Tony Wilson, the man who created the template from which indie record labels could exist and the real subject of Michael Winterbottom's 24 Hour Party People, passed away this week.
There are very few films (much less biopics) that I'm interested in enough to follow from greenlight, through cast selections, production, etc. breathlessly waiting for its release date, but the story of the founder of Factory Records, the man who fostered the careers of Joy Division, New Order and the Happy Mondays had my attention from the getgo. Winterbottom seemed like an oddball choice to direct (at the time) because he was mostly associated with war films but 'seemed like an oddball choice' has since become Winterbottom's calling card of sorts.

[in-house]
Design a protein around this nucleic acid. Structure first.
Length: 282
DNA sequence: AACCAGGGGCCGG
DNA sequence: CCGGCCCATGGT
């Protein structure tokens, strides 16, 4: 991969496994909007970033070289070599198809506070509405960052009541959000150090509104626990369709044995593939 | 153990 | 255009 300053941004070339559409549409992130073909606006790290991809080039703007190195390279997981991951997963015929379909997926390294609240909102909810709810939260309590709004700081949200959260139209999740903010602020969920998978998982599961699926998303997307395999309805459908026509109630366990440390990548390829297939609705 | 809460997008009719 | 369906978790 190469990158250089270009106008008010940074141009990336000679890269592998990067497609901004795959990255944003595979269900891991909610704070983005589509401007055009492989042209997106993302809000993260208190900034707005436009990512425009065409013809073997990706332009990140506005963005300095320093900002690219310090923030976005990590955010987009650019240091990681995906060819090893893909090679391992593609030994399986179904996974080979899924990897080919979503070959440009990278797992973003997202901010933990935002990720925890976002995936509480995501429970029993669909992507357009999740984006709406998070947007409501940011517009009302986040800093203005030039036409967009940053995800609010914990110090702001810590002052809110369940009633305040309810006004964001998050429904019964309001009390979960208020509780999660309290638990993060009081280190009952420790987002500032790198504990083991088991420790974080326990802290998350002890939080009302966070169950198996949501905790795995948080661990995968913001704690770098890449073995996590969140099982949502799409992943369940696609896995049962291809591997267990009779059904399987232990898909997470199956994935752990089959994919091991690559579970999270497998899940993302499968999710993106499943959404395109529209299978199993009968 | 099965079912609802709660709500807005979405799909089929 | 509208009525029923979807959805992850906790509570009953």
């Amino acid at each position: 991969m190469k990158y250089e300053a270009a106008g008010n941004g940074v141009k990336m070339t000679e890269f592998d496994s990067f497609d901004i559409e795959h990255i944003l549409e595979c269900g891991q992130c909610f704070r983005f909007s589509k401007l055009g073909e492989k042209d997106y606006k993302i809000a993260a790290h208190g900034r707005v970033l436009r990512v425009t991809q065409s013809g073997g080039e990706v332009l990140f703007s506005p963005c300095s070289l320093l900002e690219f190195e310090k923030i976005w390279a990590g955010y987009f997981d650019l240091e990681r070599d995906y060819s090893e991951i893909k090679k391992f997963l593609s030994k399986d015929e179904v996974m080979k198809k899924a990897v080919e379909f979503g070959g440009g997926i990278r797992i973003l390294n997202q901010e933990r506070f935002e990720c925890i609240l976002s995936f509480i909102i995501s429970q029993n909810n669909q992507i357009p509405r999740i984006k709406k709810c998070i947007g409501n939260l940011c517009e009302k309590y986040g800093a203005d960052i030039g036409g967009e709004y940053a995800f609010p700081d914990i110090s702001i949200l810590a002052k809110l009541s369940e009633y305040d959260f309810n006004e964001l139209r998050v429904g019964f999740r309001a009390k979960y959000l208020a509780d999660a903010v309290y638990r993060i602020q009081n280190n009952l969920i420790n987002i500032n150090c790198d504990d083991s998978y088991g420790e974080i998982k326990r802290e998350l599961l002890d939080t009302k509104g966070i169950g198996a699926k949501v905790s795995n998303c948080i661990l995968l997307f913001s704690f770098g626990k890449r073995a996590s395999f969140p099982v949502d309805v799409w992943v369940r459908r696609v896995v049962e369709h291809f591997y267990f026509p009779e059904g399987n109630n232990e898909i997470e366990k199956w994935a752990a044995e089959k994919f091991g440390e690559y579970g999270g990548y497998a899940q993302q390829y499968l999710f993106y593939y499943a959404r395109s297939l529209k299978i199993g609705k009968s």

The weekend the film finally to the little burg I was living in in western Massachusetts I had a bout of food poisoning... and I still went. Much to the embarrassment of my friends as I kept getting up every three minutes to throw up and beg for death. But I knew I'd made the right choice when I saw the hilarious opening scene when Tony Wilson, as a publicity stunt for his public access music show in Manchester circa late 70s hang gliding (with no training or experience) down a grassy embankment and comparing the experience to that of Icarus.
And here's a oddly edited but fascinating clip of the real Tony Wilson interviewing Sonic Youth (circa 1986, I'm guessing) about hip hop and disco music.